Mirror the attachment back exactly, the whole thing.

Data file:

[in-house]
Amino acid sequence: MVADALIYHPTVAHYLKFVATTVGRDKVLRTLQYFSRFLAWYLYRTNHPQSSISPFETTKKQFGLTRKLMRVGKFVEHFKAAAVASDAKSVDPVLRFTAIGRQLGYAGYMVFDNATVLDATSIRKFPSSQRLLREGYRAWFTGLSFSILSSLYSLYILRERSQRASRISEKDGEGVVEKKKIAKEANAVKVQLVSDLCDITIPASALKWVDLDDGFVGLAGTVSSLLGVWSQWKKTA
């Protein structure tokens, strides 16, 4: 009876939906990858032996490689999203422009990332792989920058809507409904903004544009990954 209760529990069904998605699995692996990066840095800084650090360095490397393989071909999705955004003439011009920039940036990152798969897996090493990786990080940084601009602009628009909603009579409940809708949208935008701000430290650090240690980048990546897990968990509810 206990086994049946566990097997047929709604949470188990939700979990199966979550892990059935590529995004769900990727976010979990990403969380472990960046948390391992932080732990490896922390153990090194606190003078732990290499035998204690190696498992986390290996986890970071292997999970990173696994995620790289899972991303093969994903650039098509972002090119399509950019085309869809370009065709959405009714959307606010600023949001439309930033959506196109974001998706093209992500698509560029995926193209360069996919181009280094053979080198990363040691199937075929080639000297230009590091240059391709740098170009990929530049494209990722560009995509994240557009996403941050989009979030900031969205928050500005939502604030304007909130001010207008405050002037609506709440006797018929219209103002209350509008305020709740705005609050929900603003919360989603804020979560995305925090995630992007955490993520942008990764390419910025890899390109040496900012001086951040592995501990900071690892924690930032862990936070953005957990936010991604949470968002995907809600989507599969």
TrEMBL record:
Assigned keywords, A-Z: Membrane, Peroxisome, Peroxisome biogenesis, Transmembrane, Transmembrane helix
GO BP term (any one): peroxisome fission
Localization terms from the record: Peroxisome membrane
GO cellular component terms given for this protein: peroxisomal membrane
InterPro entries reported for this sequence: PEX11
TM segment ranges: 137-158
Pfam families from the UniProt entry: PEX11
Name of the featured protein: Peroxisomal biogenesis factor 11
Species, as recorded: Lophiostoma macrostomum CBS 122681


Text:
[in-house]
Amino acid sequence: MVADALIYHPTVAHYLKFVATTVGRDKVLRTLQYFSRFLAWYLYRTNHPQSSISPFETTKKQFGLTRKLMRVGKFVEHFKAAAVASDAKSVDPVLRFTAIGRQLGYAGYMVFDNATVLDATSIRKFPSSQRLLREGYRAWFTGLSFSILSSLYSLYILRERSQRASRISEKDGEGVVEKKKIAKEANAVKVQLVSDLCDITIPASALKWVDLDDGFVGLAGTVSSLLGVWSQWKKTA
């Protein structure tokens, strides 16, 4: 009876939906990858032996490689999203422009990332792989920058809507409904903004544009990954 209760529990069904998605699995692996990066840095800084650090360095490397393989071909999705955004003439011009920039940036990152798969897996090493990786990080940084601009602009628009909603009579409940809708949208935008701000430290650090240690980048990546897990968990509810 206990086994049946566990097997047929709604949470188990939700979990199966979550892990059935590529995004769900990727976010979990990403969380472990960046948390391992932080732990490896922390153990090194606190003078732990290499035998204690190696498992986390290996986890970071292997999970990173696994995620790289899972991303093969994903650039098509972002090119399509950019085309869809370009065709959405009714959307606010600023949001439309930033959506196109974001998706093209992500698509560029995926193209360069996919181009280094053979080198990363040691199937075929080639000297230009590091240059391709740098170009990929530049494209990722560009995509994240557009996403941050989009979030900031969205928050500005939502604030304007909130001010207008405050002037609506709440006797018929219209103002209350509008305020709740705005609050929900603003919360989603804020979560995305925090995630992007955490993520942008990764390419910025890899390109040496900012001086951040592995501990900071690892924690930032862990936070953005957990936010991604949470968002995907809600989507599969």
TrEMBL record:
Assigned keywords, A-Z: Membrane, Peroxisome, Peroxisome biogenesis, Transmembrane, Transmembrane helix
GO BP term (any one): peroxisome fission
Localization terms from the record: Peroxisome membrane
GO cellular component terms given for this protein: peroxisomal membrane
InterPro entries reported for this sequence: PEX11
TM segment ranges: 137-158
Pfam families from the UniProt entry: PEX11
Name of the featured protein: Peroxisomal biogenesis factor 11
Species, as recorded: Lophiostoma macrostomum CBS 122681